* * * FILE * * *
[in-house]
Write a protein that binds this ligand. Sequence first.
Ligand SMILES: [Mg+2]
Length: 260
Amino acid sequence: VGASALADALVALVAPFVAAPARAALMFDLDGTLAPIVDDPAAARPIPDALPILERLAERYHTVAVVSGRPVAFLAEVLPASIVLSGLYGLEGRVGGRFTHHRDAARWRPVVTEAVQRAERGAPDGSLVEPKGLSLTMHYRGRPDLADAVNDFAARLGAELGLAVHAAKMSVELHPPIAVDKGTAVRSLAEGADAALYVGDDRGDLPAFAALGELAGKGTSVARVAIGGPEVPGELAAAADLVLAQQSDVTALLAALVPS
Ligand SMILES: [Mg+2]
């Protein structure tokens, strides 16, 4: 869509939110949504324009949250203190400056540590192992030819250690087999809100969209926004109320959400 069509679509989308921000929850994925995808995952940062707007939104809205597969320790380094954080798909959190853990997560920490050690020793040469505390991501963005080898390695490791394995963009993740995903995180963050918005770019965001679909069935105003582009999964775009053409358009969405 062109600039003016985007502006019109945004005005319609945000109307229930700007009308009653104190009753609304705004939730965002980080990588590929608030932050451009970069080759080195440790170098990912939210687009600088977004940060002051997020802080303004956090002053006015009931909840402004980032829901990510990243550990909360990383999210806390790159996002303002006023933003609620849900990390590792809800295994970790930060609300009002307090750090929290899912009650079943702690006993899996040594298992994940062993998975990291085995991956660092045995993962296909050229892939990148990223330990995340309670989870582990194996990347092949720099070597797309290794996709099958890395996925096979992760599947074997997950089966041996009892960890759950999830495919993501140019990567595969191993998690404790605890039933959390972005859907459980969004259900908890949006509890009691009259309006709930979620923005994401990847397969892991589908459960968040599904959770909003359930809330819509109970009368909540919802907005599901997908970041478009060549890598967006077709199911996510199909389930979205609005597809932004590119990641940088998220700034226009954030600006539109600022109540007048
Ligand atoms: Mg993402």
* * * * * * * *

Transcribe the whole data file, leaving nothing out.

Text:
[in-house]
Write a protein that binds this ligand. Sequence first.
Ligand SMILES: [Mg+2]
Length: 260
Amino acid sequence: VGASALADALVALVAPFVAAPARAALMFDLDGTLAPIVDDPAAARPIPDALPILERLAERYHTVAVVSGRPVAFLAEVLPASIVLSGLYGLEGRVGGRFTHHRDAARWRPVVTEAVQRAERGAPDGSLVEPKGLSLTMHYRGRPDLADAVNDFAARLGAELGLAVHAAKMSVELHPPIAVDKGTAVRSLAEGADAALYVGDDRGDLPAFAALGELAGKGTSVARVAIGGPEVPGELAAAADLVLAQQSDVTALLAALVPS
Ligand SMILES: [Mg+2]
């Protein structure tokens, strides 16, 4: 869509939110949504324009949250203190400056540590192992030819250690087999809100969209926004109320959400 069509679509989308921000929850994925995808995952940062707007939104809205597969320790380094954080798909959190853990997560920490050690020793040469505390991501963005080898390695490791394995963009993740995903995180963050918005770019965001679909069935105003582009999964775009053409358009969405 062109600039003016985007502006019109945004005005319609945000109307229930700007009308009653104190009753609304705004939730965002980080990588590929608030932050451009970069080759080195440790170098990912939210687009600088977004940060002051997020802080303004956090002053006015009931909840402004980032829901990510990243550990909360990383999210806390790159996002303002006023933003609620849900990390590792809800295994970790930060609300009002307090750090929290899912009650079943702690006993899996040594298992994940062993998975990291085995991956660092045995993962296909050229892939990148990223330990995340309670989870582990194996990347092949720099070597797309290794996709099958890395996925096979992760599947074997997950089966041996009892960890759950999830495919993501140019990567595969191993998690404790605890039933959390972005859907459980969004259900908890949006509890009691009259309006709930979620923005994401990847397969892991589908459960968040599904959770909003359930809330819509109970009368909540919802907005599901997908970041478009060549890598967006077709199911996510199909389930979205609005597809932004590119990641940088998220700034226009954030600006539109600022109540007048
Ligand atoms: Mg993402």